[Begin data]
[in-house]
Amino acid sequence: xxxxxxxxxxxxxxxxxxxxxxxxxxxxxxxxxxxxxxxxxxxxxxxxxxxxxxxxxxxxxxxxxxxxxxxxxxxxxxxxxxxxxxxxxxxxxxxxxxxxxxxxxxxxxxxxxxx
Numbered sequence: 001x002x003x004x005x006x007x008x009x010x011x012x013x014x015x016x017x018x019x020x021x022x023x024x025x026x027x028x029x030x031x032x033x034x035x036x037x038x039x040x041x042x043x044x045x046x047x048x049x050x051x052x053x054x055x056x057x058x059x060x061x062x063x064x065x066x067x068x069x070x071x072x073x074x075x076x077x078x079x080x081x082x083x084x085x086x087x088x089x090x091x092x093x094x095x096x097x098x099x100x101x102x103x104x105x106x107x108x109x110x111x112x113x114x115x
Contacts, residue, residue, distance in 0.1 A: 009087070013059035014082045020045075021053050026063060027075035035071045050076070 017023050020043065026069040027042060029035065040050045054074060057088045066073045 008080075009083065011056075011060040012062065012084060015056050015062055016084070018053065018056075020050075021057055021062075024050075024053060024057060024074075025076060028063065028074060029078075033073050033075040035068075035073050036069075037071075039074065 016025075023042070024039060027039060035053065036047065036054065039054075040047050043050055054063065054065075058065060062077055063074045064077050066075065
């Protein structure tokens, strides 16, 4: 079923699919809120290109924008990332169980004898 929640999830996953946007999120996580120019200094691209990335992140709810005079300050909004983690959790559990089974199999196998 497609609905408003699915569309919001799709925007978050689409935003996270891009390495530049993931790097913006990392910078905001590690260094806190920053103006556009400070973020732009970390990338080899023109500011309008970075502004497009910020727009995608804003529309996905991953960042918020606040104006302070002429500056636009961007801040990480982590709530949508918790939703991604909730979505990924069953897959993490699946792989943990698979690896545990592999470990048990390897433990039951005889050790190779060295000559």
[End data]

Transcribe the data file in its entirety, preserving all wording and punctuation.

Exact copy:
[in-house]
Amino acid sequence: xxxxxxxxxxxxxxxxxxxxxxxxxxxxxxxxxxxxxxxxxxxxxxxxxxxxxxxxxxxxxxxxxxxxxxxxxxxxxxxxxxxxxxxxxxxxxxxxxxxxxxxxxxxxxxxxxxx
Numbered sequence: 001x002x003x004x005x006x007x008x009x010x011x012x013x014x015x016x017x018x019x020x021x022x023x024x025x026x027x028x029x030x031x032x033x034x035x036x037x038x039x040x041x042x043x044x045x046x047x048x049x050x051x052x053x054x055x056x057x058x059x060x061x062x063x064x065x066x067x068x069x070x071x072x073x074x075x076x077x078x079x080x081x082x083x084x085x086x087x088x089x090x091x092x093x094x095x096x097x098x099x100x101x102x103x104x105x106x107x108x109x110x111x112x113x114x115x
Contacts, residue, residue, distance in 0.1 A: 009087070013059035014082045020045075021053050026063060027075035035071045050076070 017023050020043065026069040027042060029035065040050045054074060057088045066073045 008080075009083065011056075011060040012062065012084060015056050015062055016084070018053065018056075020050075021057055021062075024050075024053060024057060024074075025076060028063065028074060029078075033073050033075040035068075035073050036069075037071075039074065 016025075023042070024039060027039060035053065036047065036054065039054075040047050043050055054063065054065075058065060062077055063074045064077050066075065
């Protein structure tokens, strides 16, 4: 079923699919809120290109924008990332169980004898 929640999830996953946007999120996580120019200094691209990335992140709810005079300050909004983690959790559990089974199999196998 497609609905408003699915569309919001799709925007978050689409935003996270891009390495530049993931790097913006990392910078905001590690260094806190920053103006556009400070973020732009970390990338080899023109500011309008970075502004497009910020727009995608804003529309996905991953960042918020606040104006302070002429500056636009961007801040990480982590709530949508918790939703991604909730979505990924069953897959993490699946792989943990698979690896545990592999470990048990390897433990039951005889050790190779060295000559």